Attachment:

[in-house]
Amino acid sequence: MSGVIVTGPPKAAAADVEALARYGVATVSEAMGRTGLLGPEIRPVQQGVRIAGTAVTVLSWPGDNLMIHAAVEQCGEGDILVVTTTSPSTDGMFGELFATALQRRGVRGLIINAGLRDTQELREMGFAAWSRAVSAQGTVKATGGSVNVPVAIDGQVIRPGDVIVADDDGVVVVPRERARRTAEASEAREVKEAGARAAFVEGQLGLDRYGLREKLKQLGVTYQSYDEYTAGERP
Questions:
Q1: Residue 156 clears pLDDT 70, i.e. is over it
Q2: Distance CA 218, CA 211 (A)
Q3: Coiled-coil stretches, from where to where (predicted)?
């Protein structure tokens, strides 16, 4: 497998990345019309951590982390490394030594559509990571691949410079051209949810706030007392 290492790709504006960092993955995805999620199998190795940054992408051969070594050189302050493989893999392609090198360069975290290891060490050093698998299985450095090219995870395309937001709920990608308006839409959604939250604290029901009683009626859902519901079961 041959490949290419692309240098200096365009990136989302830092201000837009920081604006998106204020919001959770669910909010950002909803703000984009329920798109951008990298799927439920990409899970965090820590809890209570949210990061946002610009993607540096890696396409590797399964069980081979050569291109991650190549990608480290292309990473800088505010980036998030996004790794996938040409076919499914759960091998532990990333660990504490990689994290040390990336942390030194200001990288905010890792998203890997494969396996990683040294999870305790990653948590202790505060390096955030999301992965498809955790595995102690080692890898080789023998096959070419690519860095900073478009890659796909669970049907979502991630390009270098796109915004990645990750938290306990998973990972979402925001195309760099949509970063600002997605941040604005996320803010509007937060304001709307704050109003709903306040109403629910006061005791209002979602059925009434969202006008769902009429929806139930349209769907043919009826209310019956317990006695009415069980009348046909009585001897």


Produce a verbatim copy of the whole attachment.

[in-house]
Amino acid sequence: MSGVIVTGPPKAAAADVEALARYGVATVSEAMGRTGLLGPEIRPVQQGVRIAGTAVTVLSWPGDNLMIHAAVEQCGEGDILVVTTTSPSTDGMFGELFATALQRRGVRGLIINAGLRDTQELREMGFAAWSRAVSAQGTVKATGGSVNVPVAIDGQVIRPGDVIVADDDGVVVVPRERARRTAEASEAREVKEAGARAAFVEGQLGLDRYGLREKLKQLGVTYQSYDEYTAGERP
Questions:
Q1: Residue 156 clears pLDDT 70, i.e. is over it
Q2: Distance CA 218, CA 211 (A)
Q3: Coiled-coil stretches, from where to where (predicted)?
């Protein structure tokens, strides 16, 4: 497998990345019309951590982390490394030594559509990571691949410079051209949810706030007392 290492790709504006960092993955995805999620199998190795940054992408051969070594050189302050493989893999392609090198360069975290290891060490050093698998299985450095090219995870395309937001709920990608308006839409959604939250604290029901009683009626859902519901079961 041959490949290419692309240098200096365009990136989302830092201000837009920081604006998106204020919001959770669910909010950002909803703000984009329920798109951008990298799927439920990409899970965090820590809890209570949210990061946002610009993607540096890696396409590797399964069980081979050569291109991650190549990608480290292309990473800088505010980036998030996004790794996938040409076919499914759960091998532990990333660990504490990689994290040390990336942390030194200001990288905010890792998203890997494969396996990683040294999870305790990653948590202790505060390096955030999301992965498809955790595995102690080692890898080789023998096959070419690519860095900073478009890659796909669970049907979502991630390009270098796109915004990645990750938290306990998973990972979402925001195309760099949509970063600002997605941040604005996320803010509007937060304001709307704050109003709903306040109403629910006061005791209002979602059925009434969202006008769902009429929806139930349209769907043919009826209310019956317990006695009415069980009348046909009585001897």